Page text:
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Mardi Gras FAQ


Enjoy Fat Tuesday In New Orleans:
...February 13, 2018
...March 5, 2019
...February 25, 2020
...February 16, 2021
...March 1, 2022

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The observance of a "Carnival" (aka Mardi Gras) before the Lenten period (a Christian symbolic penitence from Ash Wednesday to Easter) originated in the middle of the second century in Rome when the Fast of the 40 days of Lent was preceded by a feast of several days during which time participants delivered themselves up to voluntary madness, put on masks, clothed themselves like spectres, gave themselves up to Bacchus and Venus and considered all pleasure allowable.

The name Carnival is derived from the Latin Caro, Carnis, flesh, and vale, farewell (according to Ducange, from the Latin denomination of the feasts of the Middle Ages, carnis levamen, solace of the flesh), because at that time people took leave of flesh. The carnival of the modern world is nothing more or less than the Saturnalia of the Christian Romans who could not forget their pagan festivals. From Rome, the celebration spread to other European countries and finally to America. Carnival is still observed in many American cities but certainly not with the glamour and grandeur that is attendant to the New Orleans carnival which had its birth in 1827, when a group of students, recently returned from school in Paris, donned strange costumes and danced their way through the streets. The students got the idea for their Mardi Gras revelry from the celebrations they had experienced in Paris.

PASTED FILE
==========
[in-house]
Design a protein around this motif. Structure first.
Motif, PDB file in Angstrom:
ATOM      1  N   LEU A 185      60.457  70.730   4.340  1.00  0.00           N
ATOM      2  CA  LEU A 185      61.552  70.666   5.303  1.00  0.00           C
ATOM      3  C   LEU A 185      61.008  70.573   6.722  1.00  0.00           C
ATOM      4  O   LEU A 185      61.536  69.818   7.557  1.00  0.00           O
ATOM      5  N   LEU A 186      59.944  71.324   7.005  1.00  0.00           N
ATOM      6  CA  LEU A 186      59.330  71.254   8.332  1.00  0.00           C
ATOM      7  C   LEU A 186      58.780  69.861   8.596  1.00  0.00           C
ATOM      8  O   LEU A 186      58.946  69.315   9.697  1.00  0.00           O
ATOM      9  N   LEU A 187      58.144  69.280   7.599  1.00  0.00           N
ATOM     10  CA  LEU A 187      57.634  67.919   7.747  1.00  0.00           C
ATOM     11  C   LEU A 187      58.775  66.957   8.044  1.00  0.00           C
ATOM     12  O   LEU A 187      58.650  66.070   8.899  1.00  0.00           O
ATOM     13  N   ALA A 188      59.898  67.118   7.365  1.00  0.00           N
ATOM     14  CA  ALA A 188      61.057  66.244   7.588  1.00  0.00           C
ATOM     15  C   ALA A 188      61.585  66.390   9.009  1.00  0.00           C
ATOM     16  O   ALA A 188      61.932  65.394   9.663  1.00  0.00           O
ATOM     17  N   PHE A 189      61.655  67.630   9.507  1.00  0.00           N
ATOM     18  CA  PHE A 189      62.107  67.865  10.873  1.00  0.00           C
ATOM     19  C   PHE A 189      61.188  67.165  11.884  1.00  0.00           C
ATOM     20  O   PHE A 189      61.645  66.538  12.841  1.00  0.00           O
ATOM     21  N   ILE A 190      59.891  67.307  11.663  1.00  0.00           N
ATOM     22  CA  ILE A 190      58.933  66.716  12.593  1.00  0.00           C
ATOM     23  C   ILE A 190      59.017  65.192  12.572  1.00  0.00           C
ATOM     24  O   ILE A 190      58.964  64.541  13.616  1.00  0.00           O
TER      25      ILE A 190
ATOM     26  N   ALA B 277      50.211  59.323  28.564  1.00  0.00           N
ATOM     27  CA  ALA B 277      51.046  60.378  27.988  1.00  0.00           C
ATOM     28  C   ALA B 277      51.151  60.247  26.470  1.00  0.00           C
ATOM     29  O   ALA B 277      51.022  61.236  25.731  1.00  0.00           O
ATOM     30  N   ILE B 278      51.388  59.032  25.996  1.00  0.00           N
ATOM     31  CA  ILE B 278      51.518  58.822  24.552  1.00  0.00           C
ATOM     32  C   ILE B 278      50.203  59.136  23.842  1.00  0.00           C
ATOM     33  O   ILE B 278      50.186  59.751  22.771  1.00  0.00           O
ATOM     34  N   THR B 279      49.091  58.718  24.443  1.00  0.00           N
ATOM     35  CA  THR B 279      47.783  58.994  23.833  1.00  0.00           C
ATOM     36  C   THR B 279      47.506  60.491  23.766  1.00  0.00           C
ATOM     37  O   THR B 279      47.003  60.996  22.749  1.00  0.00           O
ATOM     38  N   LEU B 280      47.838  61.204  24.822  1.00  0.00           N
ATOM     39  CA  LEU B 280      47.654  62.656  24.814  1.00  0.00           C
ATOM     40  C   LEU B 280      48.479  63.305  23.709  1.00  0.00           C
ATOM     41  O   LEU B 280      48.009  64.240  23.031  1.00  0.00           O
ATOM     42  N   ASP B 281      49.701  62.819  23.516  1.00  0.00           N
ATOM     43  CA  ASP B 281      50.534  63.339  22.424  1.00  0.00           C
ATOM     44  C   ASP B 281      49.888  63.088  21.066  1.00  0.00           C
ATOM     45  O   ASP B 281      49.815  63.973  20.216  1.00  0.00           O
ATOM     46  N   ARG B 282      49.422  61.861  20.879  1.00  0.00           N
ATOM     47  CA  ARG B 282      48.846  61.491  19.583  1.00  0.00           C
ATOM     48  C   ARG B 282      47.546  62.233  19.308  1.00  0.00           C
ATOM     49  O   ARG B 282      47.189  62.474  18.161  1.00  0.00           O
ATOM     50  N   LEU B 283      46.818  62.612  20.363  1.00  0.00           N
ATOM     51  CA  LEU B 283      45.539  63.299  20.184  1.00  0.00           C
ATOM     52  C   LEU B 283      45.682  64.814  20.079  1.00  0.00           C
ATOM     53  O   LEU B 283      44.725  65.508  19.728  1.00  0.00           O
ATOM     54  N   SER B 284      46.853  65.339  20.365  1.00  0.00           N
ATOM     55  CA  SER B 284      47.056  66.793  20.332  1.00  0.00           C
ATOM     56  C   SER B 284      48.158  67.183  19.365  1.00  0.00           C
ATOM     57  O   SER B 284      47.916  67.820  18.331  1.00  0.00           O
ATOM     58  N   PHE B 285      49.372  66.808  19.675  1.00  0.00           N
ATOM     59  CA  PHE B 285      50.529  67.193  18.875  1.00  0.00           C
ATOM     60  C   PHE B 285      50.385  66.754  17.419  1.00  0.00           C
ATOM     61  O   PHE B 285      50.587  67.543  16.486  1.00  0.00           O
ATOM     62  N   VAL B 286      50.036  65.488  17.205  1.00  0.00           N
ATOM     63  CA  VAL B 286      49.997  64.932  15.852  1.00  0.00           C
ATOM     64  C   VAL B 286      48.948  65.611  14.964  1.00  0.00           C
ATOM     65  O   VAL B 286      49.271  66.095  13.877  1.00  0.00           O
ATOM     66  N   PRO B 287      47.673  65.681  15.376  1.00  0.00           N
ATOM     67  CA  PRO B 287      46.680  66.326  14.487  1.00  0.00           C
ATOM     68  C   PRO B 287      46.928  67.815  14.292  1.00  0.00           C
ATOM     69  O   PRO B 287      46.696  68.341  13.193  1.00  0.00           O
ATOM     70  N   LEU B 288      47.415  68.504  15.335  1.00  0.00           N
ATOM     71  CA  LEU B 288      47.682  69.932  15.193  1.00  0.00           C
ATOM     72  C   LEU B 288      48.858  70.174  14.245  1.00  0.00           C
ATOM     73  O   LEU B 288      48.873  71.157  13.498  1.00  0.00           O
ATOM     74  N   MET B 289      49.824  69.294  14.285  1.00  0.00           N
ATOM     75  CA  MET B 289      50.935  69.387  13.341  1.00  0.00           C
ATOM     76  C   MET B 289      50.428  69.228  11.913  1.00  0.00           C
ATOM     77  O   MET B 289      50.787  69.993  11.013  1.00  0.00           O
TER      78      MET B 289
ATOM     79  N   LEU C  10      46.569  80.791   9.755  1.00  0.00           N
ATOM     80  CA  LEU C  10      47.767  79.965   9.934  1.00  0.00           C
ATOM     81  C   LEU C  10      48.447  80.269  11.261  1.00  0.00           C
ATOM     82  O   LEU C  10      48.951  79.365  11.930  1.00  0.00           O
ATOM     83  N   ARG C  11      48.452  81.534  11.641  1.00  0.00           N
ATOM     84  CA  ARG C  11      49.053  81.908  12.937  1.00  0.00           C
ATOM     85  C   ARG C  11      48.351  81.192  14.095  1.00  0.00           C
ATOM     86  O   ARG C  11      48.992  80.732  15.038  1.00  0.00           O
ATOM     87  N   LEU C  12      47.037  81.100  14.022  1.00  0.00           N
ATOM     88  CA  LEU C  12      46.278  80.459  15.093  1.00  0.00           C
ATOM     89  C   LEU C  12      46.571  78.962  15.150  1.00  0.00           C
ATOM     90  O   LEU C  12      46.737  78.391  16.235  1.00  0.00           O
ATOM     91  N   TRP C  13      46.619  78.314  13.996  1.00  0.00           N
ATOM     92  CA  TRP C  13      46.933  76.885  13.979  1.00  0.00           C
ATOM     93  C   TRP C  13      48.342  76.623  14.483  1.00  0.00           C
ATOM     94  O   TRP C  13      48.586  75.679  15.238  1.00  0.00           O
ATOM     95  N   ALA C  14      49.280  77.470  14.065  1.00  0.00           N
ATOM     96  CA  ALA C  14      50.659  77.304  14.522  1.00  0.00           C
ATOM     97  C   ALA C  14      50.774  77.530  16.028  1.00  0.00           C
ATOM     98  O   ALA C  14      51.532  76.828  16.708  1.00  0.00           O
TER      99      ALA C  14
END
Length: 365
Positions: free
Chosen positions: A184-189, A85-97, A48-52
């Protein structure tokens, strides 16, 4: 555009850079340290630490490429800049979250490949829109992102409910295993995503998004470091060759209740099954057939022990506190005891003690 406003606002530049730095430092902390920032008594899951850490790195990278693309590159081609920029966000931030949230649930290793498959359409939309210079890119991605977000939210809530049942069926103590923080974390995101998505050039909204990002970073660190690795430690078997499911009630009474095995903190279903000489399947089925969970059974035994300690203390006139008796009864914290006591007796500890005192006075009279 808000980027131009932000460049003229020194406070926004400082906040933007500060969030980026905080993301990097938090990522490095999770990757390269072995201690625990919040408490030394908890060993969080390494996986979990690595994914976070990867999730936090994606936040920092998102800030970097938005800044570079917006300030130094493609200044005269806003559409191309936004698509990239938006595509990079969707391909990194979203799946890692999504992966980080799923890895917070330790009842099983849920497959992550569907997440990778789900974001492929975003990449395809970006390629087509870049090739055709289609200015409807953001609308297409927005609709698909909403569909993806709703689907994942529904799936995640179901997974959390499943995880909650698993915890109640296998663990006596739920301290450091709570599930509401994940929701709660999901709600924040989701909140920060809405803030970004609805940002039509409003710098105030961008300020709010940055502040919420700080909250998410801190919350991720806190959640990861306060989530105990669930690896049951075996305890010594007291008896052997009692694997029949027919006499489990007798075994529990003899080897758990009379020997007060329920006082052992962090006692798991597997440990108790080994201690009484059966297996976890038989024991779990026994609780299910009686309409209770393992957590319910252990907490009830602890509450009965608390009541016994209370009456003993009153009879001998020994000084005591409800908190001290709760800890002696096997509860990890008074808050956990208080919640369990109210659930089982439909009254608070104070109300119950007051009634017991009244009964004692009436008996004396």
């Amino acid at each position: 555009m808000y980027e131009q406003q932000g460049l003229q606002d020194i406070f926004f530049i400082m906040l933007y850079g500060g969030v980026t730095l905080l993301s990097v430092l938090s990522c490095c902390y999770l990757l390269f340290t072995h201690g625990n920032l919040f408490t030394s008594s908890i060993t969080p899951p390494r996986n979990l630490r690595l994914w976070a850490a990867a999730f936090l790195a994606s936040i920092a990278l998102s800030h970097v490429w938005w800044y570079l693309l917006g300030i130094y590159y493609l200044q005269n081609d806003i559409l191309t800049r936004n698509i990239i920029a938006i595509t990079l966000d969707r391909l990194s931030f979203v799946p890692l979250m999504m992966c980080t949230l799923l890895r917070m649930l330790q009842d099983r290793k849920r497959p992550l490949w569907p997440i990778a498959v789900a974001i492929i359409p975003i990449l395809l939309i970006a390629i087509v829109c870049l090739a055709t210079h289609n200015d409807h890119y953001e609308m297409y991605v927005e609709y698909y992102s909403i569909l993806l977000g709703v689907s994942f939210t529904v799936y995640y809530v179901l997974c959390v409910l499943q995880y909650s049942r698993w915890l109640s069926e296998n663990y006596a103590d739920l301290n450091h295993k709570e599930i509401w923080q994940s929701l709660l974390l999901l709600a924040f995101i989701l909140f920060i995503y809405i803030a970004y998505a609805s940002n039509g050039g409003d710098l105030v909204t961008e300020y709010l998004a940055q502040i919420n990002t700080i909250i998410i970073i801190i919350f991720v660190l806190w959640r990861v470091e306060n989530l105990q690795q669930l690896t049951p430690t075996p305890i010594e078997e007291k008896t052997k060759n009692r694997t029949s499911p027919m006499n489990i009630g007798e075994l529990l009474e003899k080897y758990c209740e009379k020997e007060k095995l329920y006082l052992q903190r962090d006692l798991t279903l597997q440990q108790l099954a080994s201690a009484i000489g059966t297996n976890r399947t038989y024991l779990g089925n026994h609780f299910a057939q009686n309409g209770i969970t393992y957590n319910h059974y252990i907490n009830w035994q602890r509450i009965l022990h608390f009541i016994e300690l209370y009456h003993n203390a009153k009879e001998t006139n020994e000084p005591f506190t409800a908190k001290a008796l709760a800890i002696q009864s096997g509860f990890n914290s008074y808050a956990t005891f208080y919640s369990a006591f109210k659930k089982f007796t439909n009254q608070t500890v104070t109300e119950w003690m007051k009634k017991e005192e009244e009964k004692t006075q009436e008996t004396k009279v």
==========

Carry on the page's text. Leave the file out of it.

New Orleanians caught the enthusiasm of the youths and from 1827 to 1833. Mardi Gras each year saw more and more revelries, culminating in an annual Mardi Gras ball. In 1833 Bernard Xavier de Marigny de Mandeville, a rich plantation owner, solicited large amount to help finance an organized Mardi Gras celebration. It was not until 1837 however, that the first Mardi Gras parade was staged. The first description of a Mardi Gras parade is of a single float in 1839 which was a crude thing, but a great success. It is reported that the float moved through the streets while the crowd roared hilariously. Since then Mardi Gras in New Orleans has been a definite success. It continued to grow, with additional organizations participating each year until the Carnival as we know it today was the result.

There is no celebration in the world which is as much misconstrued as the New Orleans Mardi Gras. Laboring under a misconception, the vast majority of people outside of New Orleans believe that the New Orleans Mardi Gras is a celebration spreading over a period of a few days just before Ash Wednesday. In reality the New Orleans carnival is similar to the Fasching of Germany which begins on the twelfth night after Christmas and continues until Shrove Tuesday. The expression Mardi Gras is from the French, meaning Fat Tuesday.

On Mardi Gras day (Fat Tuesday) the climax of the Carnival season is reached. All cares are forgotten. The streets are crowded with maskers who rolic and frolic with free abandon. Comes the night, the last of the street pageants, the balls and at the stroke of midnight the courts of Rex and Comus meet, exchange greetings and another Mardi Gras is ended.

The ending of one Mardi Gras celebration is the beginning of preparation for another. Hardly have the streets been cleared of the confetti and the flags and the bunting; scarcely has the echo of the fun-maddened crowds died out when plans and preparations are begun for the Carnival which is to follow. Year in and year out Mardi Gras comes and Mardi Gras goes. It is part of New Orleans, nay, it is the soul of New Orleans.